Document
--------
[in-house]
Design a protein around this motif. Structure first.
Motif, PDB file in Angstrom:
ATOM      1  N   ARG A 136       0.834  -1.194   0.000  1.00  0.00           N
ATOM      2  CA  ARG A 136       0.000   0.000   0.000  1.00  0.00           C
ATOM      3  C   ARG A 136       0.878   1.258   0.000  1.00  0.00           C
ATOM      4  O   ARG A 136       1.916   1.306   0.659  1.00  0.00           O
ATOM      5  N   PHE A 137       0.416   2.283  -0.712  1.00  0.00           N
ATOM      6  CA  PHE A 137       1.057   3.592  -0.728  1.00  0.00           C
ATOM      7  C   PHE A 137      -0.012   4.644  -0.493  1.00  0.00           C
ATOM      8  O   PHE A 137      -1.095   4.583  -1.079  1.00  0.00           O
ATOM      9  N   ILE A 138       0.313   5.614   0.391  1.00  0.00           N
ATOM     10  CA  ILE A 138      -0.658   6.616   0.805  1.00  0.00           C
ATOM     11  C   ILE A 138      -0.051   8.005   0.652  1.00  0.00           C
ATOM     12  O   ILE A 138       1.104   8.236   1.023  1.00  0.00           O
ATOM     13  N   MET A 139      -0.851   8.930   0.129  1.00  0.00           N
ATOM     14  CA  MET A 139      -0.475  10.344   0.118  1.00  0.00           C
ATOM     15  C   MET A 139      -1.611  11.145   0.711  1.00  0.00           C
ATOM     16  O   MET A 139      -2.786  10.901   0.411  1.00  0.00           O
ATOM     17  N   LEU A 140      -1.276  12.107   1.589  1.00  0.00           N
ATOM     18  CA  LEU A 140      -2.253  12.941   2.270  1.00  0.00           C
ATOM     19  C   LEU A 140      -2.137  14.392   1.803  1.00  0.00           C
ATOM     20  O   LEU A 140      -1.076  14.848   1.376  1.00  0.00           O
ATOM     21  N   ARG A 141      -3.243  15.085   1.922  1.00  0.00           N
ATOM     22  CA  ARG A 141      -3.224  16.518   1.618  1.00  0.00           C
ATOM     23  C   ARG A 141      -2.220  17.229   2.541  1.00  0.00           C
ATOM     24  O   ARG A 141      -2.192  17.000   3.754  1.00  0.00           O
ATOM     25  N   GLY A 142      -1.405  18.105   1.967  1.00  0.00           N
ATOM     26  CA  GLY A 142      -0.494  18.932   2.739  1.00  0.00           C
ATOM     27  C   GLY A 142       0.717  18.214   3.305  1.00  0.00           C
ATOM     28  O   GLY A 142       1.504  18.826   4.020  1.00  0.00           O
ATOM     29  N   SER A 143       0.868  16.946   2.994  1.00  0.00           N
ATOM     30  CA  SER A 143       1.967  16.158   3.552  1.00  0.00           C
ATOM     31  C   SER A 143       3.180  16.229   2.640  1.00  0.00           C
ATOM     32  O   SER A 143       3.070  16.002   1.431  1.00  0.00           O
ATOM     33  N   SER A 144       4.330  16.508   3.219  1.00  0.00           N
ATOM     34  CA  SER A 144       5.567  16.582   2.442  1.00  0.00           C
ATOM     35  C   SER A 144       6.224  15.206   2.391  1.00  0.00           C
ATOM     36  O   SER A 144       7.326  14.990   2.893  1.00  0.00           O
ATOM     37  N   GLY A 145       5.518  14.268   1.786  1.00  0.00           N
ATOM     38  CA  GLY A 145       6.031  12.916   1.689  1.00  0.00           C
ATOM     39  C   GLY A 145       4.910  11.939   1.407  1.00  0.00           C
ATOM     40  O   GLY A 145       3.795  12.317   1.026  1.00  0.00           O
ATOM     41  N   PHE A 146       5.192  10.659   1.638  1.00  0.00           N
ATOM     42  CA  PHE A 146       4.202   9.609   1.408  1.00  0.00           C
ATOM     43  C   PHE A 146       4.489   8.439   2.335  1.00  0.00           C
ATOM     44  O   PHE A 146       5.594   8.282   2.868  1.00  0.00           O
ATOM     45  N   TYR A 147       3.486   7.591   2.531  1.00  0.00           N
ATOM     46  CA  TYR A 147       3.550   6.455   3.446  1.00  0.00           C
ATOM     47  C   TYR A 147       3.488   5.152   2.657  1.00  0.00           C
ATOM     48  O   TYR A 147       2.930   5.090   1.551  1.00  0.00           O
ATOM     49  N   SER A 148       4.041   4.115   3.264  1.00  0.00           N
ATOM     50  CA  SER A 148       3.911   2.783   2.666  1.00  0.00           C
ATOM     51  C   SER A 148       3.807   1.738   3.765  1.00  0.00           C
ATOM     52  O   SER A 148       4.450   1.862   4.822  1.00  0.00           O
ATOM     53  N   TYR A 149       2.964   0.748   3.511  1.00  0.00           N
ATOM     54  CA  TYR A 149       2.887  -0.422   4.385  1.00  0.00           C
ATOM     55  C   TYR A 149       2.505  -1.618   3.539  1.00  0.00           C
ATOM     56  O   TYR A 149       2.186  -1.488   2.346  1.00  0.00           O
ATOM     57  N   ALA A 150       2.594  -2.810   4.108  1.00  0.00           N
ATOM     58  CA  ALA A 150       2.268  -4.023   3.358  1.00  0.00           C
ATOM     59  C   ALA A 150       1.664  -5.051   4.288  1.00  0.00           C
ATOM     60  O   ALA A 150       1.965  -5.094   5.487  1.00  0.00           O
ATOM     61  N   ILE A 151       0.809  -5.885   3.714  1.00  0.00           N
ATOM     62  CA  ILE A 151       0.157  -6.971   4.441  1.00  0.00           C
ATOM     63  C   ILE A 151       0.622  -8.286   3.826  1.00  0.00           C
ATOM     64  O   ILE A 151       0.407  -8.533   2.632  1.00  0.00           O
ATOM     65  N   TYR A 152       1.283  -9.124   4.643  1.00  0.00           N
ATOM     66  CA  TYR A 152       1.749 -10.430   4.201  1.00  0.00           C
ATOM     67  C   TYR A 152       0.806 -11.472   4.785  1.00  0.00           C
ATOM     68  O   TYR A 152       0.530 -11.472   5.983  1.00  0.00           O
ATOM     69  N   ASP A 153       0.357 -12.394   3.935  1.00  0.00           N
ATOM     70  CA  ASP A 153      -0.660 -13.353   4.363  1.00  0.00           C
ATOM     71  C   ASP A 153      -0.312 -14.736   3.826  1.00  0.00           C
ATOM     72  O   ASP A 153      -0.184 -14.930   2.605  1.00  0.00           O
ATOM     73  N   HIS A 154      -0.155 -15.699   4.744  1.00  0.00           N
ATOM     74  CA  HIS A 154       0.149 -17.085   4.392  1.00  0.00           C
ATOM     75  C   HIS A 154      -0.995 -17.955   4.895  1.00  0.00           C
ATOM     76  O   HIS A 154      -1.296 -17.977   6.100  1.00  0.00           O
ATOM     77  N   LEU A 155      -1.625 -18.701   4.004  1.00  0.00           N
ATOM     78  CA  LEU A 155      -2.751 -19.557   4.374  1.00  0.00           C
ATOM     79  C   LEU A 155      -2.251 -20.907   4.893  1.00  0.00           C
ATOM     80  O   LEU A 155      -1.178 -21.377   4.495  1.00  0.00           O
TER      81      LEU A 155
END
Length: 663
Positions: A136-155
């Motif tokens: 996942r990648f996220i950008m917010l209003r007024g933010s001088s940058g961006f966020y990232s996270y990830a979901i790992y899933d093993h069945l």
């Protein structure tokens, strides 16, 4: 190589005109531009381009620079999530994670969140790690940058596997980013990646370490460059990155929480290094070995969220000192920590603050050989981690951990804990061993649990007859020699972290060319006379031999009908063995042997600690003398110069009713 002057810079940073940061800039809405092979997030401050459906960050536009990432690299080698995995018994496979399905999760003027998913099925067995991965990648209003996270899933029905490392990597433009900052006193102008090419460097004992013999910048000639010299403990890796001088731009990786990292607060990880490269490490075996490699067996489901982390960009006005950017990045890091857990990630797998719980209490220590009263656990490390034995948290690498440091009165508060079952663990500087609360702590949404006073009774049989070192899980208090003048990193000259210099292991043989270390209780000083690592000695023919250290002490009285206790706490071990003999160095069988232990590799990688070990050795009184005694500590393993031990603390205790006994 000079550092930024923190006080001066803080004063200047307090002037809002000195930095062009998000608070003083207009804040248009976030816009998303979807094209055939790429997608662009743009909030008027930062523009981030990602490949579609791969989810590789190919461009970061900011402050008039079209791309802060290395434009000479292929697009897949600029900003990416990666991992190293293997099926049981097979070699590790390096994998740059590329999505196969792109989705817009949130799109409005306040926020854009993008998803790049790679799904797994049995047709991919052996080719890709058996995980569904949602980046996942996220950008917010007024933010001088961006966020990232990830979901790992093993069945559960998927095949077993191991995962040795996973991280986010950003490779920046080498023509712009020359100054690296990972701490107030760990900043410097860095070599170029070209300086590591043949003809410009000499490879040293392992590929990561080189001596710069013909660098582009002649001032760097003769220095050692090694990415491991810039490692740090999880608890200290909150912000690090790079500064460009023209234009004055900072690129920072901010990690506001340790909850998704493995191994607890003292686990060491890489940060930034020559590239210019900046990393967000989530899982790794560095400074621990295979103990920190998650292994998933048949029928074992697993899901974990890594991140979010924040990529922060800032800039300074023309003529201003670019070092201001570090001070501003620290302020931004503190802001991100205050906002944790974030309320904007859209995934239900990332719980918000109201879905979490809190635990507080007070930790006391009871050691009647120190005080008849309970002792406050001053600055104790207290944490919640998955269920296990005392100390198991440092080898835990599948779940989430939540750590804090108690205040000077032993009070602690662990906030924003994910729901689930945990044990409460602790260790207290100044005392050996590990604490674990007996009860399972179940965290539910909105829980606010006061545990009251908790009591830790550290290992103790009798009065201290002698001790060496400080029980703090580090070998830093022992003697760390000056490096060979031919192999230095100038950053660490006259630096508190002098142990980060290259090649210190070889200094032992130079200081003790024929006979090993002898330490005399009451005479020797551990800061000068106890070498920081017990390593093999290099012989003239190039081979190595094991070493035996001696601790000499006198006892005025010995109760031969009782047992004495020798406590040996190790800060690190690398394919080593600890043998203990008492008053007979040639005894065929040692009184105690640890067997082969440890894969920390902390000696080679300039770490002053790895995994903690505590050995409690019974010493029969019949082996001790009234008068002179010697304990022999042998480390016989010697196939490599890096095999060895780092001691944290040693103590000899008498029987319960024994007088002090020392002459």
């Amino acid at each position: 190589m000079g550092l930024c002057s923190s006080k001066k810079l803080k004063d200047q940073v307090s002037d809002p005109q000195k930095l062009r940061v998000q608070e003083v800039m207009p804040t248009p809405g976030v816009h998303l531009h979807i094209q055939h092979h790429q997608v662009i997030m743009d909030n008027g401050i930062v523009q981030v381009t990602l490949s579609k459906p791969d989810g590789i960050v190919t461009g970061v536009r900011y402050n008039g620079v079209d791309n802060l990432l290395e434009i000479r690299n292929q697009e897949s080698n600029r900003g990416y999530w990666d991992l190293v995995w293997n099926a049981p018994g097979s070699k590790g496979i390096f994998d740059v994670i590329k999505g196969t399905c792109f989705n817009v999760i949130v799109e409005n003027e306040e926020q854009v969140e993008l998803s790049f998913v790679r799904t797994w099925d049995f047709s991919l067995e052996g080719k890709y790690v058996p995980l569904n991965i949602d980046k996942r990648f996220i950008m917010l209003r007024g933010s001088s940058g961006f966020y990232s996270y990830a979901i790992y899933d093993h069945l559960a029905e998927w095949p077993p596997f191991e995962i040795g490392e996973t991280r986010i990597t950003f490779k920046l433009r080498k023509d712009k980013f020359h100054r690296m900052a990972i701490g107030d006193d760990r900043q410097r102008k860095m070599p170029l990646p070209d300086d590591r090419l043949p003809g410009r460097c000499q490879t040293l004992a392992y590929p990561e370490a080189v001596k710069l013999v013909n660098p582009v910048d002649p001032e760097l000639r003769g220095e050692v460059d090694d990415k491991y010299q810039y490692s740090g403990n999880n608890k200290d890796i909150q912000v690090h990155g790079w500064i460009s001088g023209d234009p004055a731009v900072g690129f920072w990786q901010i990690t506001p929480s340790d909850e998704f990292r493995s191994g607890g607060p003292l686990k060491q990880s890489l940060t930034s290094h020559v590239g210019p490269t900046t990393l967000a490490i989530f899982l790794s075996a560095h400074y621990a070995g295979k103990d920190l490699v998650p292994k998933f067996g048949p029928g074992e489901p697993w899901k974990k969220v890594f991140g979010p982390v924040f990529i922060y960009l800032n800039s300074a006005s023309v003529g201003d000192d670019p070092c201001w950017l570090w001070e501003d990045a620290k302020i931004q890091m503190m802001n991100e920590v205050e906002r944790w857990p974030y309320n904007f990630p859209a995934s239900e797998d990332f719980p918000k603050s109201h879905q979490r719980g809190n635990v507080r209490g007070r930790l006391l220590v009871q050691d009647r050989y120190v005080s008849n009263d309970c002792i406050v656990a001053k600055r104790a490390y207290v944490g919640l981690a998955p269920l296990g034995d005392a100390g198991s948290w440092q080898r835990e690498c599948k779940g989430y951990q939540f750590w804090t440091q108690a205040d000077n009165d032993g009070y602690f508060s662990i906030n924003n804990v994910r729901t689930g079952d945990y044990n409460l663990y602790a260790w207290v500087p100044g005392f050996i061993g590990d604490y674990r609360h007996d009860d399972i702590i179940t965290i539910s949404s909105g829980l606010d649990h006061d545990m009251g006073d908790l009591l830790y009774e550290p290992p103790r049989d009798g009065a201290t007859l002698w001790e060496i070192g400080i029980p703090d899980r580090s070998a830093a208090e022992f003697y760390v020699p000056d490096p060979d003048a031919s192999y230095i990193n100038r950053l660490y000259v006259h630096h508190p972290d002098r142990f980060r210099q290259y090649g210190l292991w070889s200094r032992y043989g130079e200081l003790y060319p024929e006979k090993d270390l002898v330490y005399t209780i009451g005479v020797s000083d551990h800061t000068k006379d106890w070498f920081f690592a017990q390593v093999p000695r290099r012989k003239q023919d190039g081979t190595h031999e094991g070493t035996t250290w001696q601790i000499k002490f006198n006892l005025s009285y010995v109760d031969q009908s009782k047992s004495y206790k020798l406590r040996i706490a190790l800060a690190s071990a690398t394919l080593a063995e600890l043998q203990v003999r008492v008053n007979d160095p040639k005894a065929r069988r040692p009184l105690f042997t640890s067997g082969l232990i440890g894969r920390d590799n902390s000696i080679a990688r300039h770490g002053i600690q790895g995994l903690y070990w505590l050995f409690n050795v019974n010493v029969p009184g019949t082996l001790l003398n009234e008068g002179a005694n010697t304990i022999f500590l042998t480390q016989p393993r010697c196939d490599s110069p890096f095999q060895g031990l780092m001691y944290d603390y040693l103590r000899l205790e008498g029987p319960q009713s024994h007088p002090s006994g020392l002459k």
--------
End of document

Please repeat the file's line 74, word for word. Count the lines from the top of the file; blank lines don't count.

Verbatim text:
ATOM     71  C   ASP A 153      -0.312 -14.736   3.826  1.00  0.00           C